KUALA LUMPUR, July 20 — The University of Malaya (UM) is publishing the country’s first law journal exclusively run by students that aims to be of similar standards to similar international legal publications, like the prestigious Harvard Law Review.
The University of Malaya Law Review’s inaugural volume, which will be published on July 31, features an article by retired Federal Court judge Datuk Seri Gopal Sri Ram on the future of locus standi in public interest litigation, as well as a piece by UM law professor Datuk Shad Saleem Faruqi and Selangor Speaker Hannah Yeoh on enhancing the effectiveness of Parliament.
“The reason I proposed this idea was because I think that law students need to keep in touch with the pulse of the current legal events in the country. From my experience, the cases that we use in our studies are often from 10, 20 years ago,” UM Law Review founding editor-in-chief Leeroy Ting Kah Sing told Malay Mail Online in an interview.
“When you have a Law Review...these are incentives for students to continuously keep track of the law and give opinions and critical analyses of what they think of current legal issues in this country,” the third-year law student added.
Ting said the dean of the UM law faculty, Assoc Prof Johan Shamsuddin Sabaruddin, has been floating the idea of a student-run law journal for years.
“I was the first to present a formal proposal to the dean to establish the Law Review and he agreed to lend his support and the faculty’s backing,” said Ting.
Johan Shamsuddin, who is also academic adviser of the UM Law Review, said the journal is independent of the faculty.
“Editorial and organisational decisions are by the students,” Johan Shamsuddin told Malay Mail Online at the same interview, adding that funding came from the faculty. “We will grant them that independence.”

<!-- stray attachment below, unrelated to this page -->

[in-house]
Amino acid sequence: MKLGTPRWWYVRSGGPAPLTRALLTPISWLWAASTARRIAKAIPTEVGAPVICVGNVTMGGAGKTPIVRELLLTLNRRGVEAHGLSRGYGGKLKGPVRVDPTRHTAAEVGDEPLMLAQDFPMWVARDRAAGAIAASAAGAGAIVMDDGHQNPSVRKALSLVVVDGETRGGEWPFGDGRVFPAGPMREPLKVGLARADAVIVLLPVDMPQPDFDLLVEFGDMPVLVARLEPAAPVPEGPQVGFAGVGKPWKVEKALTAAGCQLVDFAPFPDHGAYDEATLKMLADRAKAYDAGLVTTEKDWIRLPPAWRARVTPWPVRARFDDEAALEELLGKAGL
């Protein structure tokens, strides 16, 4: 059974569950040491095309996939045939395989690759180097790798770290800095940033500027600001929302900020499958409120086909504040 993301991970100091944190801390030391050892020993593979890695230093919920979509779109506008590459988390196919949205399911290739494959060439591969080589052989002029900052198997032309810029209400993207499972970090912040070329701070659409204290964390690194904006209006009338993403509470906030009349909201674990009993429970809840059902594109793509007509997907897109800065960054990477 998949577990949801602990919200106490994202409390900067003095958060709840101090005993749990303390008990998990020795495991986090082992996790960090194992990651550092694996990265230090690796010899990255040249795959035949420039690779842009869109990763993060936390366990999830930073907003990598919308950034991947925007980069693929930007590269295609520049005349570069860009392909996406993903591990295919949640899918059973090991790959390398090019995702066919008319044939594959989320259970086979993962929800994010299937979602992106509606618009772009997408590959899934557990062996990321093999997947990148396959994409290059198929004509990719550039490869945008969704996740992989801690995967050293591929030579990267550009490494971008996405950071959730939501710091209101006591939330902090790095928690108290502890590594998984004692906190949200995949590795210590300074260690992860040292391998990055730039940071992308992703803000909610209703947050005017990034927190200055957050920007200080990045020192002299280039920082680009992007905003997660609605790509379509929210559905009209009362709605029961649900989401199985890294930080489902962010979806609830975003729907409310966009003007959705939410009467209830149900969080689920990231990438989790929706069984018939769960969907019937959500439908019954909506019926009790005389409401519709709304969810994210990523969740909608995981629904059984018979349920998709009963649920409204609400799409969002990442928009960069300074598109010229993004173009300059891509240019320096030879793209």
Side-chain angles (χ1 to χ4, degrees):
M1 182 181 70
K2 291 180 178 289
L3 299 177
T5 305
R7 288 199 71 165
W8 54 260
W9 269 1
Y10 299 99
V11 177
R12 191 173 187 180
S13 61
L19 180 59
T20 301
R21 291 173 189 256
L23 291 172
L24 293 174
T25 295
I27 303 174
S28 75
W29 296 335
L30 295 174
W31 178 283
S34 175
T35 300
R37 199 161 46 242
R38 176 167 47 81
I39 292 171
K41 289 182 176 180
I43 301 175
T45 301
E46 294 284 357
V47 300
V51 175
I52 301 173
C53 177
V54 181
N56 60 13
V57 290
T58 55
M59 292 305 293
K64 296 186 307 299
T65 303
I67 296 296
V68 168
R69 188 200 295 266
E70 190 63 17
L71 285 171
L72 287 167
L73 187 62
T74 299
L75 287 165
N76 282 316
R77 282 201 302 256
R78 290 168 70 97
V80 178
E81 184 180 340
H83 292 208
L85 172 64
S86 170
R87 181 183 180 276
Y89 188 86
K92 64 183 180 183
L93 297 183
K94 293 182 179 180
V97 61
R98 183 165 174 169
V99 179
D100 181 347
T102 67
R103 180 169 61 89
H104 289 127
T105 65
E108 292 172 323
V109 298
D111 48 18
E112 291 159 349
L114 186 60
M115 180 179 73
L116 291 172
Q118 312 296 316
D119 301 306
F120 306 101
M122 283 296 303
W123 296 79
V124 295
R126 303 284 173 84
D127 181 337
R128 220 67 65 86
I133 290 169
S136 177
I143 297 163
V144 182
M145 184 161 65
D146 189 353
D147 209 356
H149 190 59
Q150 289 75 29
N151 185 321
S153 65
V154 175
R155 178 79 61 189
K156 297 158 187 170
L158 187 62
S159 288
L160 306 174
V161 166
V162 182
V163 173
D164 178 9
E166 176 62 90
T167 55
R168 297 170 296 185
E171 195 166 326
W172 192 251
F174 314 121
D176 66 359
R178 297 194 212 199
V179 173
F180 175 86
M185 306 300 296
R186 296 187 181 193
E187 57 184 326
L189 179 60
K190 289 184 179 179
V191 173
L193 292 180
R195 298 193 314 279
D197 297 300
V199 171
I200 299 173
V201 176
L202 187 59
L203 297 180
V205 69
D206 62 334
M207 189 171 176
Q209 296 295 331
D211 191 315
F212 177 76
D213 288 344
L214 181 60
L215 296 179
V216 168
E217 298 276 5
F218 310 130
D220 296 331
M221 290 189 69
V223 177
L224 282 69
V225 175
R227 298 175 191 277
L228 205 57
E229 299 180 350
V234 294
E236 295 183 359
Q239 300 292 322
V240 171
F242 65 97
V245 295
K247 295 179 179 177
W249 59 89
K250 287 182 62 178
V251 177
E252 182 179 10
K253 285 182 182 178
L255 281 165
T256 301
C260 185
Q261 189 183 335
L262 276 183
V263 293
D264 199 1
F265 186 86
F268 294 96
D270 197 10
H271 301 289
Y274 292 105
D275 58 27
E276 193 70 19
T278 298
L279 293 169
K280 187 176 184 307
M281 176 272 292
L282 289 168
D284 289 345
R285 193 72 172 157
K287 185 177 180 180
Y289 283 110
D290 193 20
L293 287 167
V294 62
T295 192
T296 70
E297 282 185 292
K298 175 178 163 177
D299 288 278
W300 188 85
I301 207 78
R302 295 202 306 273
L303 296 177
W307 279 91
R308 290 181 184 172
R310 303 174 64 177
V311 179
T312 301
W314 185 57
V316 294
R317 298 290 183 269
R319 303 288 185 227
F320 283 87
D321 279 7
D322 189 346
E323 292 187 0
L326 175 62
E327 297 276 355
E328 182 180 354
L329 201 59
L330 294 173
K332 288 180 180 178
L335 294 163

“We want to show our students can run international world-class journals. This is what we’re pushing for, to raise the profile of the students and the faculty, and also the country. Once this journal gets attention overseas, people will know that these are Malaysian law students writing a world-class journal,” he added.
Judges on the Federal Court, the Court of Appeal and the High Courts are mostly UM law graduates, said Johan Shamsuddin, with Chief Justice Tan Sri Md Raus Sharif also hailing from the public university.
According to Ting, the English-language UM Law Review aims to be a resource for practising lawyers and law students that features scholarly works by outside authors and UM law students on a wide range of topics, including comments and analysis of recent legal issues, court decisions and legislations. The journal also enables students to sharpen their legal writing skills.
The articles by UM law graduates and current students featured in the inaugural volume comprise topics like Muslim polygamous marriages in Malaysia, attempted suicide, changes in the Companies Act 2016, the lack of remedial provisions in the Persons with Disabilities Act 2008 for disabled people who suffer discrimination, and using the Environmental Impact Assessment mechanism to protect native customary land rights in Sarawak.
There are altogether 11 articles in the UM Law Review’s debut volume.
The UM Law Review is an annual journal that will be published every July; the inaugural volume is 170 pages long. The editorial board comprises 16 student editors and is currently advised by Johan Shamsuddin himself as academic adviser, and editorial adviser Sarah Tan Yen Ling, who is a senior lecturer in law.